Bond 24 questions: the writers edition

Robert Wade, left, and Neal Purvis.

Robert Wade, left, and Neal Purvis.

Neal Purvis and Robert Wade are back? There’s been no official announcement but it was reported last month by The Daily Mail’s Baz Bamigboye that the writers were retained to rewrite John Logan’s efforts.

Bamigboye had a number of Skyfall and Bond 24 scoops proven correct. Example: he wrote that Purvis and Wade were initially not going to be back for Bond 24, while their Skyfall co-scribe John Logan would be the new 007 film’s writer. Purvis and Wade subsequently confirmed they were leaving the series. Until, it now seems, things changed.

How extensive will Purvis and Wade’s Bond 24 script work going to be? If the duo end up getting a credit, you’ll know it will have been substantial.

The Writer’s Guild has extensive guidelines on how much work a scribe (with a team of writers such as Purvis and Wade counted as a single entity) should do to get a screen credit. A writer or writing team must contribute more than 33 percent of the finished product for an adapted script, 50 percent for an original one. Bond 24 falls under the adapted category since it uses a character who originally appeared in a novel.

Getting a credit isn’t as simple as counting lines of dialogue. A credit is supposed to reflect “contributions to the screenplay as a whole,” according to the guild. It’s possible, for example, for a writer to change every line of dialogue but for the guild to determine there’s been no significant change to the screenplay.

In any case, if Bond 24’s credit reads something like, “Written by John Logan and Neal Purvis & Robert Wade,” Purvis and Wade will have done more than revamp some dialogue or tweak a scene or two.

Is this unusual?It’s the normal method of operation for both movies in general and James Bond movies in particular. Even 007 films that had only one writing credit had contributions from other writers. For example:

–From Russia With Love had a solo screenplay credit for Richard Maibaum, but also an “adapted by” credit for Johanna Harwood, while Len Deighton did work that didn’t earn a credit.
–You Only Live Twice had a “screenplay by” credit for Roald Dahl but an “additional story material” credit for Harold Jack Bloom, the film’s first writer.
–On Her Majesty’s Secret Service had a Maibaum solo credit for the screenplay but an “additional dialogue” credit for Simon Raven, who rewrote dialogue in some scenes.
–Tomorrow Never Dies had a “written by” credit for Bruce Feirstein. Other writers took a whirl without credit between Feirstein’s first draft and his final draft.

As far as anyone knows, Live And Let Die really represented the work of only one writer (Tom Mankiewicz), and he did plenty of rewrites himself.

Is this any reason to be concerned? The Daily Mail also reported the start of Bond 24 filming was pushed back to December from October. If true, that should still be enough time for Bond 24 to meet its release date of late October 2015 in the U.K. and early November 2015 in the U.S.

What should fans look for next? The date of the press conference announcing the start of Bond 24 filming. There should also be a press release. If Purvis and Wade get a mention in that press release along with John Logan, that’ll be a sign they did a fair amount of work on the script.

From Russia With Love’s 50th Part I: the difficult sequel

From Russia With Love's poster

From Russia With Love’s poster

Nothing about From Russia With Love was easy. From scripting all the way through filming, the second James Bond film was difficult and at times an ordeal.

At last three writers (Richard Maibaum, Johnna Harwood and an uncredited Len Deighton) took turns trying to adapt the Ian Fleming novel, with major rewrites during shooting. One cast member (Pedro Armendariz) committed suicide shortly after completing his work on the movie because he was dying of cancer. Director Terence Young was nearly killed in a helicopter accident (CLICK HERE for an MI6 007 fan page account of that and other incidents).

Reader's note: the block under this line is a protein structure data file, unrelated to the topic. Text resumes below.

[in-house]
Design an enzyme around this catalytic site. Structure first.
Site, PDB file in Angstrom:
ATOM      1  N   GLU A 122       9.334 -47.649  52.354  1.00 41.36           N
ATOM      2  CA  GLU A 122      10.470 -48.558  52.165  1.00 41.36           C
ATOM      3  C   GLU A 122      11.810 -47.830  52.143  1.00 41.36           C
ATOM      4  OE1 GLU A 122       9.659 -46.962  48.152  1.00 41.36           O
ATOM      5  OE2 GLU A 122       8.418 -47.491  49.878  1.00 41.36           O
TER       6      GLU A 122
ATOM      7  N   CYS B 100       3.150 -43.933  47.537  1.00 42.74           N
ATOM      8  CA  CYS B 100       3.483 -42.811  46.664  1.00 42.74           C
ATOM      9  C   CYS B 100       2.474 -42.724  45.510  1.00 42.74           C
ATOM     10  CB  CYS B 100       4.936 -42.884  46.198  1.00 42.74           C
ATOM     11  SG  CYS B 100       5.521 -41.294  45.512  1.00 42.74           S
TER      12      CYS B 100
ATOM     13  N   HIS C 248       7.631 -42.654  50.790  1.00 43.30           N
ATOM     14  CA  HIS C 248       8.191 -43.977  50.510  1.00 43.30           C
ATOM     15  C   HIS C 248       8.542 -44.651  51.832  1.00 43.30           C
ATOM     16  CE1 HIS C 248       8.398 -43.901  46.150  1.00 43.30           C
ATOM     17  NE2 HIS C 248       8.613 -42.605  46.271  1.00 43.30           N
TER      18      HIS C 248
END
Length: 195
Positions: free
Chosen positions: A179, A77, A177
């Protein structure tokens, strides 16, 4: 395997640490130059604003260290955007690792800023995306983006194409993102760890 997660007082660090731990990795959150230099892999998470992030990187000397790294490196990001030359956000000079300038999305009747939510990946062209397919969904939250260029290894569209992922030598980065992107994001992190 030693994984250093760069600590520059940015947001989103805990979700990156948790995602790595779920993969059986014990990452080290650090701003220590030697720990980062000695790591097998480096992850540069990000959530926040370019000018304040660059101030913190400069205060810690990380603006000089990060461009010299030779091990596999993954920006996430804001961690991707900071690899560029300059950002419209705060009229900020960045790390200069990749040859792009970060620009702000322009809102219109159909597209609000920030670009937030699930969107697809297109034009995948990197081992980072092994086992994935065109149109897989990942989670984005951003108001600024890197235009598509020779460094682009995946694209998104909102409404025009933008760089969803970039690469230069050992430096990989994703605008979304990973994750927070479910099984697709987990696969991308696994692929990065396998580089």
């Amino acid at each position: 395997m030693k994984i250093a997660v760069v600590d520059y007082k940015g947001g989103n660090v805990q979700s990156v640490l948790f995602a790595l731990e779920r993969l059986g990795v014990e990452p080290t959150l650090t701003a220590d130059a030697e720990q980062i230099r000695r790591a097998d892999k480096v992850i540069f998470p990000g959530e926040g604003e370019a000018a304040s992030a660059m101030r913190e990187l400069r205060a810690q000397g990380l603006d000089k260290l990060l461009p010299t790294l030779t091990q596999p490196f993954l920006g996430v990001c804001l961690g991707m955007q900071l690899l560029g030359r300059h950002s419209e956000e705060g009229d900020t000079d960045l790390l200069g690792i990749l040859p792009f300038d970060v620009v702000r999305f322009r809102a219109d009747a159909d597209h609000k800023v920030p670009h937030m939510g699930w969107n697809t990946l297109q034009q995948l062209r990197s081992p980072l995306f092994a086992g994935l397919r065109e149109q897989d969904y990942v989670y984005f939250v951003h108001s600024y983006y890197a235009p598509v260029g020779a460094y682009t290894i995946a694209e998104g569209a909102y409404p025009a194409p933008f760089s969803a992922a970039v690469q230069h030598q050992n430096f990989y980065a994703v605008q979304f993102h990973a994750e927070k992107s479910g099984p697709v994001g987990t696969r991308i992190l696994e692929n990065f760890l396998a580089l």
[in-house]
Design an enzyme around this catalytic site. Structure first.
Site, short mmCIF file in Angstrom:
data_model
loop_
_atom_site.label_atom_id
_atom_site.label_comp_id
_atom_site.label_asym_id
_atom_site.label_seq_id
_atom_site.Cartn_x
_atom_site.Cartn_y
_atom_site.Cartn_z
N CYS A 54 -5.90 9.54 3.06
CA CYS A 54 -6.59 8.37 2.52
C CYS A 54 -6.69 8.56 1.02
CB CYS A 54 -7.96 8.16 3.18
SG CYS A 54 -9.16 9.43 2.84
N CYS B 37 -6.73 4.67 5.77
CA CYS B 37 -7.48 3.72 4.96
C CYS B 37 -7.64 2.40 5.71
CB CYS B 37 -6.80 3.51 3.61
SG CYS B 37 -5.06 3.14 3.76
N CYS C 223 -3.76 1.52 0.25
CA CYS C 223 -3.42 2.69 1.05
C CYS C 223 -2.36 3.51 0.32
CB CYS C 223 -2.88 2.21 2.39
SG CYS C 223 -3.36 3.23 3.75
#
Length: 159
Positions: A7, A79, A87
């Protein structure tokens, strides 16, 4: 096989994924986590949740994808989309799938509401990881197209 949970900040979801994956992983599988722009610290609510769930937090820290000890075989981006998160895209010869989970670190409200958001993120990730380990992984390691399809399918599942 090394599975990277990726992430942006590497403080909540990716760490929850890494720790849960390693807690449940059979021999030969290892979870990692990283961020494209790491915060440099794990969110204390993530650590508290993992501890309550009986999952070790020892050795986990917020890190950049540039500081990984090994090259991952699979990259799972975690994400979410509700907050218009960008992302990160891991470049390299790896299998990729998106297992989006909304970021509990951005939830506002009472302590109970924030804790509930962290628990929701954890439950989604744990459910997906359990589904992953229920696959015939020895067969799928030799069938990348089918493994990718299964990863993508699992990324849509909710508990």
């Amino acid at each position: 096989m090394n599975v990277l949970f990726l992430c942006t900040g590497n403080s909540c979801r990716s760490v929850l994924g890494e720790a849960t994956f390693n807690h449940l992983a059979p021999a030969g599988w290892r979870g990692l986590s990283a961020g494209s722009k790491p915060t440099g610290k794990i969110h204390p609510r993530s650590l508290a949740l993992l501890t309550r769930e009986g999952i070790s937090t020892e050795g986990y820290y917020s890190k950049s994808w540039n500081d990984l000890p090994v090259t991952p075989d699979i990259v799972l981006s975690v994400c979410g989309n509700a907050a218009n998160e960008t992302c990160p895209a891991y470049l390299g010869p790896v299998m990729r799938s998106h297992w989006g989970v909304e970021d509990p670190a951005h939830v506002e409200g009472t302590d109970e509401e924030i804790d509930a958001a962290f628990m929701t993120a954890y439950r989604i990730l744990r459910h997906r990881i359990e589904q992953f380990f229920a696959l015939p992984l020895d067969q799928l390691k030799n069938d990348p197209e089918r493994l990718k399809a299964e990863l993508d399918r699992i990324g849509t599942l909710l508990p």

For many 007 fans, the movie, which premiered Oct. 10, 1963, is the best film in the Eon Productions series. It’s one of the closest adaptations of a Fleming novel, despite the major change of adding Ernst Stavro Blofeld and SPECTRE into the proceedings. It also proved the success of Dr. No the previous year was no accident.

Fleming’s novel was one of U.S. President John F. Kennedy’s 10 favorite books, a list published in 1961 in Life magazine. From Russia, With Love (with the comma and published in 1957) was one of the author’s most important books.

Fleming’s friend, author Raymond Chandler, had chided 007’s creator for letting the quality of his Bond novels slip after 1953’s Casino Royale. “I think you will have to make up your mind what kind of writer you are going to be,” Chandler wrote to Fleming in an April 1956 letter. Fleming decided to step up his game with his fifth 007 novel.

Years later, producers Albert R. Broccoli and Harry Saltzman, with an endorsement of the source material from Kennedy, proceeded with adapting the book. Dr. No veterans Young, editor Peter Hunt, director of photography Ted Moore and scribes Maibaum and Harwood all reported for duty on the new 007 project.

The major Dr. No contributor absent was production designer Ken Adam, designing the war room set and other interiors for Stanley Kubrick’s Dr. Strangelove. John Stears, meanwhile, took over on special effects.

Armendariz, as Kerim Bey, the head of MI6’s station in Turkey and Bond’s primary ally, had a big impact. He lit up every scene he was in and had great on-screen chemistry with star Sean Connery. When Kerim Bey is killed, as part of the complicated SPECTRE plot, it resonates with the audience. The “sacrificial lamb” is part of the Bond formula, but Armendariz was one of the best, if not the best, sacrificial lamb in the 007 film series.

The gravely ill actor needed assistance to complete his scenes. In long shots in the gypsy camp sequence, you needn’t look closely to tell somebody else is playing Kerim Bey walking with Connery’s 007. (It was director Young, according to Armendariz’s WIKIPEDIA ENTRY.)

Young & Co. retained the novel’s memorable set pieces (the fight between two gypsy women, the subsequent battle between Bulgarians and gypsies and the Orient Express train fight between Bond and Red Grant). The production also added a few twists, including two outdoor sequences after getting Bond off the train earlier than in the novel. The question was how would audiences respond.